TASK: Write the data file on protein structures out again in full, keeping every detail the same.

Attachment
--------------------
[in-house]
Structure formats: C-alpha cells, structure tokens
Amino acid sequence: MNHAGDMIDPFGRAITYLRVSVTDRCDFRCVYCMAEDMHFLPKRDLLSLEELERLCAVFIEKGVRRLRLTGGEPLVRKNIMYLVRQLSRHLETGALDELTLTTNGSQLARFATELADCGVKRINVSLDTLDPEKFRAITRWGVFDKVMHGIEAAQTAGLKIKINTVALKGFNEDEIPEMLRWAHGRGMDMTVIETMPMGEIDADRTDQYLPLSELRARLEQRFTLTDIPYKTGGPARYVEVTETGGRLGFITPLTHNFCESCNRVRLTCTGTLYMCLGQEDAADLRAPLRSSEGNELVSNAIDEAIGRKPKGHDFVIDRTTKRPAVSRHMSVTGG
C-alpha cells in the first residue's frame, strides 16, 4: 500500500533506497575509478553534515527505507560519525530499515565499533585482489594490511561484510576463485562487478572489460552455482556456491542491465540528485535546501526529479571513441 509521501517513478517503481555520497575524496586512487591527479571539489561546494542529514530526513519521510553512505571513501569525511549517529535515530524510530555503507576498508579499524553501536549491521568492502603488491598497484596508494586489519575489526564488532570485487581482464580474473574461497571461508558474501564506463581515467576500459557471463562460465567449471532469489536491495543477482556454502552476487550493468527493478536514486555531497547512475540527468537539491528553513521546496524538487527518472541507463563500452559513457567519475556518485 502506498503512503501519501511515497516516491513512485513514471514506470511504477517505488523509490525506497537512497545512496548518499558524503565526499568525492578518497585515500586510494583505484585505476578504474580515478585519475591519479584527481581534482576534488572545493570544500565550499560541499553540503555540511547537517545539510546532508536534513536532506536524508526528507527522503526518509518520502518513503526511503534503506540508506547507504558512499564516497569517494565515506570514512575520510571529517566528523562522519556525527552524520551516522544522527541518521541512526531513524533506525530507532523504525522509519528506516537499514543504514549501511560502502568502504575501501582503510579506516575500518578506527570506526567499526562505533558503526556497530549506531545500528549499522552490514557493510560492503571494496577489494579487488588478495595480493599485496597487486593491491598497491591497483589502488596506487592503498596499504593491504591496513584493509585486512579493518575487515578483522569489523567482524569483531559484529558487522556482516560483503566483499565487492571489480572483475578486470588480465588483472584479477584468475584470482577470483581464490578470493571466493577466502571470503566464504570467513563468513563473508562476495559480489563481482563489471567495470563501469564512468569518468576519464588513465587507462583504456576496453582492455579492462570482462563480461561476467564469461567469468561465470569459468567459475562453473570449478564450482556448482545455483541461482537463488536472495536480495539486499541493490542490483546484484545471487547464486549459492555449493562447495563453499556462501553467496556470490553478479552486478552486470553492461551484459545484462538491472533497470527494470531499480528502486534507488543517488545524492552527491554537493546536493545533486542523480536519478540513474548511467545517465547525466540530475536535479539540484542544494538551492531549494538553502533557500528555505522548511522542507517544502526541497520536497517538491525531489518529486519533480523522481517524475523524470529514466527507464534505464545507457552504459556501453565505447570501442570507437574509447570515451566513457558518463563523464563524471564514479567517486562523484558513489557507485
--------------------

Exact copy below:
[in-house]
Structure formats: C-alpha cells, structure tokens
Amino acid sequence: MNHAGDMIDPFGRAITYLRVSVTDRCDFRCVYCMAEDMHFLPKRDLLSLEELERLCAVFIEKGVRRLRLTGGEPLVRKNIMYLVRQLSRHLETGALDELTLTTNGSQLARFATELADCGVKRINVSLDTLDPEKFRAITRWGVFDKVMHGIEAAQTAGLKIKINTVALKGFNEDEIPEMLRWAHGRGMDMTVIETMPMGEIDADRTDQYLPLSELRARLEQRFTLTDIPYKTGGPARYVEVTETGGRLGFITPLTHNFCESCNRVRLTCTGTLYMCLGQEDAADLRAPLRSSEGNELVSNAIDEAIGRKPKGHDFVIDRTTKRPAVSRHMSVTGG
C-alpha cells in the first residue's frame, strides 16, 4: 500500500533506497575509478553534515527505507560519525530499515565499533585482489594490511561484510576463485562487478572489460552455482556456491542491465540528485535546501526529479571513441 509521501517513478517503481555520497575524496586512487591527479571539489561546494542529514530526513519521510553512505571513501569525511549517529535515530524510530555503507576498508579499524553501536549491521568492502603488491598497484596508494586489519575489526564488532570485487581482464580474473574461497571461508558474501564506463581515467576500459557471463562460465567449471532469489536491495543477482556454502552476487550493468527493478536514486555531497547512475540527468537539491528553513521546496524538487527518472541507463563500452559513457567519475556518485 502506498503512503501519501511515497516516491513512485513514471514506470511504477517505488523509490525506497537512497545512496548518499558524503565526499568525492578518497585515500586510494583505484585505476578504474580515478585519475591519479584527481581534482576534488572545493570544500565550499560541499553540503555540511547537517545539510546532508536534513536532506536524508526528507527522503526518509518520502518513503526511503534503506540508506547507504558512499564516497569517494565515506570514512575520510571529517566528523562522519556525527552524520551516522544522527541518521541512526531513524533506525530507532523504525522509519528506516537499514543504514549501511560502502568502504575501501582503510579506516575500518578506527570506526567499526562505533558503526556497530549506531545500528549499522552490514557493510560492503571494496577489494579487488588478495595480493599485496597487486593491491598497491591497483589502488596506487592503498596499504593491504591496513584493509585486512579493518575487515578483522569489523567482524569483531559484529558487522556482516560483503566483499565487492571489480572483475578486470588480465588483472584479477584468475584470482577470483581464490578470493571466493577466502571470503566464504570467513563468513563473508562476495559480489563481482563489471567495470563501469564512468569518468576519464588513465587507462583504456576496453582492455579492462570482462563480461561476467564469461567469468561465470569459468567459475562453473570449478564450482556448482545455483541461482537463488536472495536480495539486499541493490542490483546484484545471487547464486549459492555449493562447495563453499556462501553467496556470490553478479552486478552486470553492461551484459545484462538491472533497470527494470531499480528502486534507488543517488545524492552527491554537493546536493545533486542523480536519478540513474548511467545517465547525466540530475536535479539540484542544494538551492531549494538553502533557500528555505522548511522542507517544502526541497520536497517538491525531489518529486519533480523522481517524475523524470529514466527507464534505464545507457552504459556501453565505447570501442570507437574509447570515451566513457558518463563523464563524471564514479567517486562523484558513489557507485